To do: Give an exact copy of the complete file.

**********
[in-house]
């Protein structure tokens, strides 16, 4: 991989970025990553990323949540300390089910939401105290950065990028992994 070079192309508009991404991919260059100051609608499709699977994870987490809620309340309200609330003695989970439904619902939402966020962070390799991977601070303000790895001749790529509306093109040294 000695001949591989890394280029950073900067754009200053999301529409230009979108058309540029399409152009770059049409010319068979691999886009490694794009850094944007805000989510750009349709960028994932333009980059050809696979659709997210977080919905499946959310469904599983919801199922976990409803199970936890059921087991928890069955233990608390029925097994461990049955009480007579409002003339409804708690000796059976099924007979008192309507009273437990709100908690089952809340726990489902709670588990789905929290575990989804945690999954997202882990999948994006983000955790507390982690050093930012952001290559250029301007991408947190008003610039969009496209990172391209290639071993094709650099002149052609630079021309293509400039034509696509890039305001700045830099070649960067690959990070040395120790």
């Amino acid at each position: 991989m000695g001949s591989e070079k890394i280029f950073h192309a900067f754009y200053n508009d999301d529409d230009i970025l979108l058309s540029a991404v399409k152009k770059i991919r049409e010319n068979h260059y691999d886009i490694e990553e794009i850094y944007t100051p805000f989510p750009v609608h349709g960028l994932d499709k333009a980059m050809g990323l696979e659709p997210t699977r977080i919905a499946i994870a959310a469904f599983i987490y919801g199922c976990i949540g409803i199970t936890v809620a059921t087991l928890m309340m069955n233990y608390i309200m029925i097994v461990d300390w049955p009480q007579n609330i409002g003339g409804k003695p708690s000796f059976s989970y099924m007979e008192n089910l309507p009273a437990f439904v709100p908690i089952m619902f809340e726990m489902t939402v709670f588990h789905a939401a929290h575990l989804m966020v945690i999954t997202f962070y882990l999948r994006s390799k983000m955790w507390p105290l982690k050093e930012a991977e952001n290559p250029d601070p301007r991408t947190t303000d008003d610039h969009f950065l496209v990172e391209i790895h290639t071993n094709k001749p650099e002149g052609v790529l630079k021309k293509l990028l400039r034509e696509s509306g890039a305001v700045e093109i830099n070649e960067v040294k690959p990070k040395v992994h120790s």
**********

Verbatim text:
[in-house]
């Protein structure tokens, strides 16, 4: 991989970025990553990323949540300390089910939401105290950065990028992994 070079192309508009991404991919260059100051609608499709699977994870987490809620309340309200609330003695989970439904619902939402966020962070390799991977601070303000790895001749790529509306093109040294 000695001949591989890394280029950073900067754009200053999301529409230009979108058309540029399409152009770059049409010319068979691999886009490694794009850094944007805000989510750009349709960028994932333009980059050809696979659709997210977080919905499946959310469904599983919801199922976990409803199970936890059921087991928890069955233990608390029925097994461990049955009480007579409002003339409804708690000796059976099924007979008192309507009273437990709100908690089952809340726990489902709670588990789905929290575990989804945690999954997202882990999948994006983000955790507390982690050093930012952001290559250029301007991408947190008003610039969009496209990172391209290639071993094709650099002149052609630079021309293509400039034509696509890039305001700045830099070649960067690959990070040395120790």
């Amino acid at each position: 991989m000695g001949s591989e070079k890394i280029f950073h192309a900067f754009y200053n508009d999301d529409d230009i970025l979108l058309s540029a991404v399409k152009k770059i991919r049409e010319n068979h260059y691999d886009i490694e990553e794009i850094y944007t100051p805000f989510p750009v609608h349709g960028l994932d499709k333009a980059m050809g990323l696979e659709p997210t699977r977080i919905a499946i994870a959310a469904f599983i987490y919801g199922c976990i949540g409803i199970t936890v809620a059921t087991l928890m309340m069955n233990y608390i309200m029925i097994v461990d300390w049955p009480q007579n609330i409002g003339g409804k003695p708690s000796f059976s989970y099924m007979e008192n089910l309507p009273a437990f439904v709100p908690i089952m619902f809340e726990m489902t939402v709670f588990h789905a939401a929290h575990l989804m966020v945690i999954t997202f962070y882990l999948r994006s390799k983000m955790w507390p105290l982690k050093e930012a991977e952001n290559p250029d601070p301007r991408t947190t303000d008003d610039h969009f950065l496209v990172e391209i790895h290639t071993n094709k001749p650099e002149g052609v790529l630079k021309k293509l990028l400039r034509e696509s509306g890039a305001v700045e093109i830099n070649e960067v040294k690959p990070k040395v992994h120790s």